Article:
Traffic fatalities may finally be on the decline across the nation, but that doesn’t mean all the problems of the roadway have been solved.
There are still a number of issues that make driving a potentially dangerous venture—and every state handles them differently. That’s why security company SafeWise took to the books, using data compiled by the Insurance Institute for Highway Safety, to determine the deadliest states to drive in.
The final ranking is based on an area’s total number of roadway deaths per capita, but SafeWise also drilled deeper, examining why those statistics piled especially high in particular places and how each state’s laws attempt—or don’t—to mitigate the myriad risks of the road.
Specifically, the study found speed to be a huge factor in determining total roadway fatality rates. States with lower speed limits routinely clocked in with less traffic fatalities—even when more drivers were spending more time on the road. The reverse was also true: higher speed limits lead to more deadly crashes.
States with lower speed limits routinely clocked in with less traffic fatalities—even when more drivers were spending more time on the road.
Slow and steady, it seems, really does win the race.
How DUIs are regulated is another contributing factor, with states deemed “more lenient” on drunk drivers generally—though not always—reporting more roadway deaths.
Interestingly, whether or not a state had laws banning the practice of texting and driving had little effect on how many distracted driving fatalities the area recorded. But the report found a different correlation between regional factors and reports of distracted driving: the median age of drivers on the road.
Teens have long been considered the most at-risk for distracted driving behaviors—and deaths. And areas with younger motorists, as well as those with the highest birthrates, likewise routinely found themselves logging more roadway fatalities.
The news wasn’t all bad, though. SafeWise also determined the 5 least deadly states for drivers, which includes—in order—Massachusetts, Rhode Island, New York, New Jersey, and Washington.
Keep reading to see more about the 5 deadliest states for drivers last year, and which factors made them particularly dangerous.
The Cowboy State is as rugged as its nickname suggests, with plenty of factors that may prove difficult or dangerous for drivers to deal with, including its wild weather and rocky terrain.
Still, a number of man-made factors also contributed to the state’s ranking—and its fatality rate of 0.178 deaths for every 1,000 drivers on the road.
Wyoming, which has an average speed limit of 75 MPH, had the most speeding fatalities in the nation last year. And though it’s not considered particularly “lenient” for DUI enforcement, the state also clocked in the most drunk driving fatalities in the country last year, with 0.090 incidents of death and 12.21 DUIs recorded for every 1,000 residents.
The southern state recorded the 4th-most fatalities per capita, with a final tally last year of 0.184 for every 1,000 residents.
Mississippi also ranked 4th in the nation for the most drunk driving fatalities, clocking in with 0.069 deaths for every 1,000 residents and 3.89 DUIs reported by the same measure.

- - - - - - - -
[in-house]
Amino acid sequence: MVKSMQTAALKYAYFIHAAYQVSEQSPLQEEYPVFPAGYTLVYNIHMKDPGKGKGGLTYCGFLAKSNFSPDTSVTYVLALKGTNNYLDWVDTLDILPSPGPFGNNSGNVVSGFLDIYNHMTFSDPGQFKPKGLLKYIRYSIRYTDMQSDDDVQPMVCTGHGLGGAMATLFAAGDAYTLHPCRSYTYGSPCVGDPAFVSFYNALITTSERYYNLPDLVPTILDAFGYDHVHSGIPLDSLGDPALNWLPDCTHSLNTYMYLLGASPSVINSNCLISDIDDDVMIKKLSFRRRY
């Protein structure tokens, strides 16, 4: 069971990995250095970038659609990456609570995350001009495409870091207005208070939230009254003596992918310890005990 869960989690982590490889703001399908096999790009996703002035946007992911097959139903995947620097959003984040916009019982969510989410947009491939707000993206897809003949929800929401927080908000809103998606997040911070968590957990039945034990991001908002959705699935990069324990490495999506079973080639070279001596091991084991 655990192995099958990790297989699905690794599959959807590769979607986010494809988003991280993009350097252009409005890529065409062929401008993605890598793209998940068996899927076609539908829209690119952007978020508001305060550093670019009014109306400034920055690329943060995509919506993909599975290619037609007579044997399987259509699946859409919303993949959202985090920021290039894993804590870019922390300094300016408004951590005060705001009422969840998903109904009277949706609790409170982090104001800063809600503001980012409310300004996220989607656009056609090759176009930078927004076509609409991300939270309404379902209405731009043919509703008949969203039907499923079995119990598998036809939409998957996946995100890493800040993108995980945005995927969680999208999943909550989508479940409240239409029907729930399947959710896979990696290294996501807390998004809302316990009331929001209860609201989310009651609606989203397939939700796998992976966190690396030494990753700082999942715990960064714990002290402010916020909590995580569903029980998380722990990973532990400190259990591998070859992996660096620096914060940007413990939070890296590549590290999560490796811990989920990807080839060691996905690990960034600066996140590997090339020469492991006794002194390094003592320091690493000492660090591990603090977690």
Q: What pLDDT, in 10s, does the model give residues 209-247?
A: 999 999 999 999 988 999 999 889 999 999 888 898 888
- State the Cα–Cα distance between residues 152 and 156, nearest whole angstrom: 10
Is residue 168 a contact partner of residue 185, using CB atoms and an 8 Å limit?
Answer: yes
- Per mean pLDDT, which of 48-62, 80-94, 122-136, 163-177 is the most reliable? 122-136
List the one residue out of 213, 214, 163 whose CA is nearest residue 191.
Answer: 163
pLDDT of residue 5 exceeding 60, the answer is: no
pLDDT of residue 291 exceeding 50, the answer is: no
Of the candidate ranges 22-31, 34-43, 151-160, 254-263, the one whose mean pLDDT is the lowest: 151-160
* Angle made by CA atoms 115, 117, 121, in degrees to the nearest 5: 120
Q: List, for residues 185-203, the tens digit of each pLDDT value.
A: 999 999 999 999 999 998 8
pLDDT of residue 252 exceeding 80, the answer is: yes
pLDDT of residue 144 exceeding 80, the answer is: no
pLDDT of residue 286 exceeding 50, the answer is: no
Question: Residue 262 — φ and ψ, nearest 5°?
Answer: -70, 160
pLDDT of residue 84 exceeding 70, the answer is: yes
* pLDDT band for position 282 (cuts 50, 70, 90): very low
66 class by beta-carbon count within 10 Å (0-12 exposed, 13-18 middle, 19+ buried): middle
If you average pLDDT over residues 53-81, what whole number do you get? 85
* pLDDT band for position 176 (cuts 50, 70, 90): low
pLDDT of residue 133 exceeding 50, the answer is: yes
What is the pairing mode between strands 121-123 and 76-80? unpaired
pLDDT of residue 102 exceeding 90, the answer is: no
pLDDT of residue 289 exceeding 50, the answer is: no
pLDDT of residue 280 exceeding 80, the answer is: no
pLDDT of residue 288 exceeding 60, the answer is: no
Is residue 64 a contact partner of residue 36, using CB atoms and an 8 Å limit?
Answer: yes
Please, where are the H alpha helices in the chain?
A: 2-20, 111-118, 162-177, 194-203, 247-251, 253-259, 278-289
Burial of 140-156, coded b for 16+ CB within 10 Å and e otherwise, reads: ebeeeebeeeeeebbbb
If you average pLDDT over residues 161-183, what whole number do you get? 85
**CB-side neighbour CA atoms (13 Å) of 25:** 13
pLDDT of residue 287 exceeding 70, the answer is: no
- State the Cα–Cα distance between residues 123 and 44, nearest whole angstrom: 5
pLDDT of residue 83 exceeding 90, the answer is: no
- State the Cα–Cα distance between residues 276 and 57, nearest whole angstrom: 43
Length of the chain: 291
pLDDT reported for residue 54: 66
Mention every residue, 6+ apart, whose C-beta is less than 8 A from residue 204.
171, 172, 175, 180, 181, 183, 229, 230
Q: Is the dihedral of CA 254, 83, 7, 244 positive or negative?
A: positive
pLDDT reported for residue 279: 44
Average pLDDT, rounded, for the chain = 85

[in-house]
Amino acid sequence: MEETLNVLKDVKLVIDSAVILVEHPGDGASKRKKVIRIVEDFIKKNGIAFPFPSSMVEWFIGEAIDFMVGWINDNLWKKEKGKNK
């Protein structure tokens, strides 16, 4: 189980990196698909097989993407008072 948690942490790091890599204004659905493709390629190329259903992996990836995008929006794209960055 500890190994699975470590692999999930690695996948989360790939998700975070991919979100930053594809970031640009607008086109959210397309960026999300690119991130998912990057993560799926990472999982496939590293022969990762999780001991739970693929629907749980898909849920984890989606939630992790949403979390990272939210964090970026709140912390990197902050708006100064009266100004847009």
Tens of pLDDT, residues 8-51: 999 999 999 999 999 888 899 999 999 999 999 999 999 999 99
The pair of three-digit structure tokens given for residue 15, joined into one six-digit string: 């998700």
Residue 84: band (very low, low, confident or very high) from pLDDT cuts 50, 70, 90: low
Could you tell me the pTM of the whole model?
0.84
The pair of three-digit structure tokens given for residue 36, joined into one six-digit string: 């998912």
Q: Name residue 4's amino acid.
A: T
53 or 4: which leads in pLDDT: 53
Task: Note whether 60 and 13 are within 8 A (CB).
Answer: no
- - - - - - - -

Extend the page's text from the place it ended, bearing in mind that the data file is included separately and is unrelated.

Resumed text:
The Magnolia State also has one of the country’s youngest driving ages, with residents there able to earn their learner’s permit at 15. The state didn’t pop on SafeWise’s chart for most distracted driving deaths, however.
With 0.186 roadway fatalities for every 1,000 residents, Montana ranks the 3rd-highest in the country for traffic-related deaths.
The scenic state may also suffer for its beauty, with the mountains roads and unpredictable weather that make it so appealing also leading to more dangerous incidents on the streets.
But the Big Sky State also has an average speed limit of 70 MPH—and recorded the 5th most speeding fatalities in the country last year.
Montana also ranked 3rd for drunk driving-related deaths, with 0.083 fatalities and 4.1 incidents of DUI counted for every 1,000 residents.
Drivers in the Land of Enchantment hit a trifecta of dangerous behavior: hitting the road fast, drunk, and distracted.
New Mexico clocked the 4th-most speeding-related fatalities in the nation, with 0.062 deaths for every 1,000 citizens—and an average speed limit of 68 MPH.
The state was also fifth in the country for most drunk driving fatalities, seeing 0.069 deaths and 4.67 cases of drunk driving for every 1,000 residents.
And it took the cake for distracted driving, with 0.038 deaths recorded for every 1,000 residents—more than any other state.
All told, the grisly statistics landed New Mexico at number 2 in the country for the most deaths on the road per capita, at 0.203 drivers dying for every 1,000 residents.
With a total of 0.256 deaths on the road for every 1,000 residents, the Roughrider State lives up to its nickname, and took home the crown for most traffic fatalities last year.
Contributing to the tally was North Dakota’s average speed limit of 71 MPH—and its correlating number 2 ranking for speeding fatalities—which came out to 0.066 for every 1,000 residents.
The state also had the 2nd-most drunk driving deaths, with a total of 0.087 deaths and 5.29 DUIs recorded for every 1,000 citizens.
But it’s not just drivers of cars and light trucks who struggled on North Dakota roads this year.
For some time, the state has also been leading the nation in the number of commercial driver deaths. In 2016, 8.8% of its total roadway fatalities were professional truck drivers, who have to deal with serious weather—from black ice to whiteouts—and other dangerous conditions related to the area’s booming oil industry.
When taking to the streets in the Roughrider State—or anywhere else—it’s best to proceed with caution.